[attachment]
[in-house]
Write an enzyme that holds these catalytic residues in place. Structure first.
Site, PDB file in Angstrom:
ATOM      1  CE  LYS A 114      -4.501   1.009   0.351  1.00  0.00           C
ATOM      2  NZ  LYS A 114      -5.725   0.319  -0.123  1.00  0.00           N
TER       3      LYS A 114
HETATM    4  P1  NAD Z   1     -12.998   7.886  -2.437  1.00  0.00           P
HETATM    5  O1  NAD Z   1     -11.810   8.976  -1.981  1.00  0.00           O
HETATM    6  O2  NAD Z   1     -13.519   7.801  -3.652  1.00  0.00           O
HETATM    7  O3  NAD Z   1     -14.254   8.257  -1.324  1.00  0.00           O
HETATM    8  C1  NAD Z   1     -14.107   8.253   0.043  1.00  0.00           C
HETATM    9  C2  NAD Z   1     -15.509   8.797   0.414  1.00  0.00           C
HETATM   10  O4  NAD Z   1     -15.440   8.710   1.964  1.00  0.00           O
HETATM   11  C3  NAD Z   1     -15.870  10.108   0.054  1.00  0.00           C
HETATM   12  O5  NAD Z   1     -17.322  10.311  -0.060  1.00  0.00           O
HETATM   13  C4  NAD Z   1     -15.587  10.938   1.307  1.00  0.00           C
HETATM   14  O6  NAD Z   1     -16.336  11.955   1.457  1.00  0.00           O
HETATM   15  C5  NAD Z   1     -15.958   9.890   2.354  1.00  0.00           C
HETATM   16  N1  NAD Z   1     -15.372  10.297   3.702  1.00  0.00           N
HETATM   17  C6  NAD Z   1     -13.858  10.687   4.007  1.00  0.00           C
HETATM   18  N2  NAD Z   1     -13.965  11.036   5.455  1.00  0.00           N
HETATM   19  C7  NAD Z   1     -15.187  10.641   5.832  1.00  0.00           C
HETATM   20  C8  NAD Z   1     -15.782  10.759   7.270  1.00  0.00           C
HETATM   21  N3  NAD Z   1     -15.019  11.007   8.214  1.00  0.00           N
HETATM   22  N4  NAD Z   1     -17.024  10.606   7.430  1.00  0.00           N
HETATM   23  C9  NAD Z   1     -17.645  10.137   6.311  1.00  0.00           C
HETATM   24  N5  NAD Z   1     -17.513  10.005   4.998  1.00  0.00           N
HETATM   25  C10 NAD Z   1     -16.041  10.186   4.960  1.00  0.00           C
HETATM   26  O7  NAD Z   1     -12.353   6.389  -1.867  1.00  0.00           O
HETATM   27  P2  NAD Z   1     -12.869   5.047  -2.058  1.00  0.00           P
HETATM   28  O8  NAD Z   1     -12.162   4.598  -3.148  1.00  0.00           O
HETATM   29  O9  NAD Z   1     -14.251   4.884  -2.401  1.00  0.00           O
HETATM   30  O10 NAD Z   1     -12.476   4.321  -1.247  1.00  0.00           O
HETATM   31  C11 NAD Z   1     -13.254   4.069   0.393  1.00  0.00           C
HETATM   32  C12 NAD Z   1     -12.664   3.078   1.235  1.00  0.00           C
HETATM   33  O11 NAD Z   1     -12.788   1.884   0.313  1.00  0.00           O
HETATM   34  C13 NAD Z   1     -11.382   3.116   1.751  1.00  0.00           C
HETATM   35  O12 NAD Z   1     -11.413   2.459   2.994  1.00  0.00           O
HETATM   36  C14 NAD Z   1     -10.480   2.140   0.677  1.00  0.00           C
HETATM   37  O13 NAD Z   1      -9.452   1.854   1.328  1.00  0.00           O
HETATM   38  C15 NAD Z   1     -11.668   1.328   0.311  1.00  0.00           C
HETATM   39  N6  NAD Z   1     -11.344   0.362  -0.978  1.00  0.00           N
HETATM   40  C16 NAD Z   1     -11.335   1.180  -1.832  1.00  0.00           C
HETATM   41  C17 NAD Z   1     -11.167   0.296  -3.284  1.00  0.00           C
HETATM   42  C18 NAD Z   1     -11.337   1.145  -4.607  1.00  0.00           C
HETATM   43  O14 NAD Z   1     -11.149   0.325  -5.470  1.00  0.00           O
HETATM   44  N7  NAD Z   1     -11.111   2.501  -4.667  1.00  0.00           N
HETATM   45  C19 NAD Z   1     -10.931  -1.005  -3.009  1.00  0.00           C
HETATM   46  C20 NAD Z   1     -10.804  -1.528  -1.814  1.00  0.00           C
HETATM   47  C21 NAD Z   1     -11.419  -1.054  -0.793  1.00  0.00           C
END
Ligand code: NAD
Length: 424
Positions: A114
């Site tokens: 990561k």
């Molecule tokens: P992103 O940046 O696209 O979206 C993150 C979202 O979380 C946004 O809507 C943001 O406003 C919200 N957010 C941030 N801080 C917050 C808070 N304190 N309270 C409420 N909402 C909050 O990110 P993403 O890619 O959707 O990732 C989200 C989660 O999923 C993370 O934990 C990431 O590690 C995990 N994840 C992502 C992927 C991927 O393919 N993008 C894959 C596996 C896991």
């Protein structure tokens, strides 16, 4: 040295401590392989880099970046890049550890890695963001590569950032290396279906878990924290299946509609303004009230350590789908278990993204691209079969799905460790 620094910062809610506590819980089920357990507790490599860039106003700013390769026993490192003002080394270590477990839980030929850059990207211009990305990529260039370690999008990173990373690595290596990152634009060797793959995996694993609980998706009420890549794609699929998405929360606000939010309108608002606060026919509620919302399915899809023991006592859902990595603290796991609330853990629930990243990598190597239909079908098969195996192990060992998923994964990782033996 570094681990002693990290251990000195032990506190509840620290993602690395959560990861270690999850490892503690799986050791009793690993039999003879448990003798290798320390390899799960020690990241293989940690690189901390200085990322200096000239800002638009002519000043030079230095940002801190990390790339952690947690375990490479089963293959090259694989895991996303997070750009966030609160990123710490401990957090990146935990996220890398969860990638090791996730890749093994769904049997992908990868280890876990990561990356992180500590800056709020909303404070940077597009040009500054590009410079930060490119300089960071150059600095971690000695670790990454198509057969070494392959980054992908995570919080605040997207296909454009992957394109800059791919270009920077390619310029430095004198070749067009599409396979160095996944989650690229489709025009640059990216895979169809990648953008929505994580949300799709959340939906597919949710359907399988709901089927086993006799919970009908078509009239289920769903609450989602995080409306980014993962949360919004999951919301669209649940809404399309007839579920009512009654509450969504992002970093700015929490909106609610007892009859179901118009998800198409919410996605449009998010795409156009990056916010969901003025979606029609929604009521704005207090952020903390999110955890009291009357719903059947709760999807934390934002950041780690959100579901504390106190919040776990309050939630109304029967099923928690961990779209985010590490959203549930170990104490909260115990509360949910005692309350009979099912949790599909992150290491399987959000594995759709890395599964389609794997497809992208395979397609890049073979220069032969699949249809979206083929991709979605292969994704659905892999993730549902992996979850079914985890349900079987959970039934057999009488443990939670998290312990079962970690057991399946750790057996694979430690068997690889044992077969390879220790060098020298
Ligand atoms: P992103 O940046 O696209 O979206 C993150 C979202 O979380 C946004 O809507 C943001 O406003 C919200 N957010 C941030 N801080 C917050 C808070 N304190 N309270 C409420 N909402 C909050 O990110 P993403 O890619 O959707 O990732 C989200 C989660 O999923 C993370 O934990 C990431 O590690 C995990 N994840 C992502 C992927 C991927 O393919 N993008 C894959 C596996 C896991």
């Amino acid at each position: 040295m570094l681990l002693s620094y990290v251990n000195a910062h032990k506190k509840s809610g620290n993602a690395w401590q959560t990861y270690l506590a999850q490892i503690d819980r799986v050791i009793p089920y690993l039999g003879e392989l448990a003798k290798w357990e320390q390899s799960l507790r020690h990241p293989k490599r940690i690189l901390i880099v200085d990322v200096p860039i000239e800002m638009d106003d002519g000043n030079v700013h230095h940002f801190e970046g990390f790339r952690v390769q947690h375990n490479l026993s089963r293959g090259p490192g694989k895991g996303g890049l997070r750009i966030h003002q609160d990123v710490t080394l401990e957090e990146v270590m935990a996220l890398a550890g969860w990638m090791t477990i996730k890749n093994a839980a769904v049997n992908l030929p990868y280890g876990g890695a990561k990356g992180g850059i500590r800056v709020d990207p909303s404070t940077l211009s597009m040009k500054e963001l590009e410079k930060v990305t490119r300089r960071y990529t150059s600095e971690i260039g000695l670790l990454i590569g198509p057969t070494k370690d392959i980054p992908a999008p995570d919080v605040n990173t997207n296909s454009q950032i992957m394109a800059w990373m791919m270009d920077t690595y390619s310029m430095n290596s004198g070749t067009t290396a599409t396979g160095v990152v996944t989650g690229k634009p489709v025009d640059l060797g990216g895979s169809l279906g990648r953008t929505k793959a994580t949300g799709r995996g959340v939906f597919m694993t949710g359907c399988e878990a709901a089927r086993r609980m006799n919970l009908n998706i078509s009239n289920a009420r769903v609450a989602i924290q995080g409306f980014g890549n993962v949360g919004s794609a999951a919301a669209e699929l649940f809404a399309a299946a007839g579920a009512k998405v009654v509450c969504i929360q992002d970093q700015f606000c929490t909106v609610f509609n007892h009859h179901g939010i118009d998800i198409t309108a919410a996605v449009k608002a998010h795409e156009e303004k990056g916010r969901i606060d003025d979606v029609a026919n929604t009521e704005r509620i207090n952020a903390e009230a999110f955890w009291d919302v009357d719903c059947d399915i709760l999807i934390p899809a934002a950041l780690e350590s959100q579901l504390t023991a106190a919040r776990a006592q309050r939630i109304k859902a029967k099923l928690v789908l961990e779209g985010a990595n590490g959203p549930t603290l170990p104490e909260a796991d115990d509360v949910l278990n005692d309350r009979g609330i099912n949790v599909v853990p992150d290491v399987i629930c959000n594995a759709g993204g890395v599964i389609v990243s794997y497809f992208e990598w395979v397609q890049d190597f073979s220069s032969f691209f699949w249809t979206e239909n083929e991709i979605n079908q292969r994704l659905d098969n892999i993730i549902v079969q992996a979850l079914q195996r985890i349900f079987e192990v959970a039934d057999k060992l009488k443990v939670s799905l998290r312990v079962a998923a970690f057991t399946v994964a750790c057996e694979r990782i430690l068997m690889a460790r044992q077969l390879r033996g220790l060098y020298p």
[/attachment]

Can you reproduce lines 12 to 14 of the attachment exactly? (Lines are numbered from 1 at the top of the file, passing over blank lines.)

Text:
HETATM    9  C2  NAD Z   1     -15.509   8.797   0.414  1.00  0.00           C
HETATM   10  O4  NAD Z   1     -15.440   8.710   1.964  1.00  0.00           O
HETATM   11  C3  NAD Z   1     -15.870  10.108   0.054  1.00  0.00           C